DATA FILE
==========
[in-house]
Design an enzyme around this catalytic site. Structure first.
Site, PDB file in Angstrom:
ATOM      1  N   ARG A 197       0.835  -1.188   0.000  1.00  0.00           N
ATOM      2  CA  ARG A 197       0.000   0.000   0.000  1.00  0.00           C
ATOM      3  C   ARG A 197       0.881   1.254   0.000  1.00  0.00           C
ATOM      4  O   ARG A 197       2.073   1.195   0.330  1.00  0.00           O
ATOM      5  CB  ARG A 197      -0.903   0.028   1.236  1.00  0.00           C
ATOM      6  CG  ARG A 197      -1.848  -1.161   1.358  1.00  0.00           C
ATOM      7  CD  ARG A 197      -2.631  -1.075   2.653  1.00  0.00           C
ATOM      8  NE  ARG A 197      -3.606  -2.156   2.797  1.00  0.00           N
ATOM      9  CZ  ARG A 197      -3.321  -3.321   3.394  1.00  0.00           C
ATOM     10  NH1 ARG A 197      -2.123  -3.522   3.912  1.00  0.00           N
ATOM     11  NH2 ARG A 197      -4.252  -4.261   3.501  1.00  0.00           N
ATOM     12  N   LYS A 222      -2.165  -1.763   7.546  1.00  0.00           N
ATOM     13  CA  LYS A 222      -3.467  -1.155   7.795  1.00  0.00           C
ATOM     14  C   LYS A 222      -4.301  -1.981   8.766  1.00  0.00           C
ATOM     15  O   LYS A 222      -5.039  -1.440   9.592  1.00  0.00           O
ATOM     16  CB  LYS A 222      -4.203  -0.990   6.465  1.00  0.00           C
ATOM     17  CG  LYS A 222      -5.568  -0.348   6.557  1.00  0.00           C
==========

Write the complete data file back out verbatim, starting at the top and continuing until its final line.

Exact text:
[in-house]
Design an enzyme around this catalytic site. Structure first.
Site, PDB file in Angstrom:
ATOM      1  N   ARG A 197       0.835  -1.188   0.000  1.00  0.00           N
ATOM      2  CA  ARG A 197       0.000   0.000   0.000  1.00  0.00           C
ATOM      3  C   ARG A 197       0.881   1.254   0.000  1.00  0.00           C
ATOM      4  O   ARG A 197       2.073   1.195   0.330  1.00  0.00           O
ATOM      5  CB  ARG A 197      -0.903   0.028   1.236  1.00  0.00           C
ATOM      6  CG  ARG A 197      -1.848  -1.161   1.358  1.00  0.00           C
ATOM      7  CD  ARG A 197      -2.631  -1.075   2.653  1.00  0.00           C
ATOM      8  NE  ARG A 197      -3.606  -2.156   2.797  1.00  0.00           N
ATOM      9  CZ  ARG A 197      -3.321  -3.321   3.394  1.00  0.00           C
ATOM     10  NH1 ARG A 197      -2.123  -3.522   3.912  1.00  0.00           N
ATOM     11  NH2 ARG A 197      -4.252  -4.261   3.501  1.00  0.00           N
ATOM     12  N   LYS A 222      -2.165  -1.763   7.546  1.00  0.00           N
ATOM     13  CA  LYS A 222      -3.467  -1.155   7.795  1.00  0.00           C
ATOM     14  C   LYS A 222      -4.301  -1.981   8.766  1.00  0.00           C
ATOM     15  O   LYS A 222      -5.039  -1.440   9.592  1.00  0.00           O
ATOM     16  CB  LYS A 222      -4.203  -0.990   6.465  1.00  0.00           C
ATOM     17  CG  LYS A 222      -5.568  -0.348   6.557  1.00  0.00           C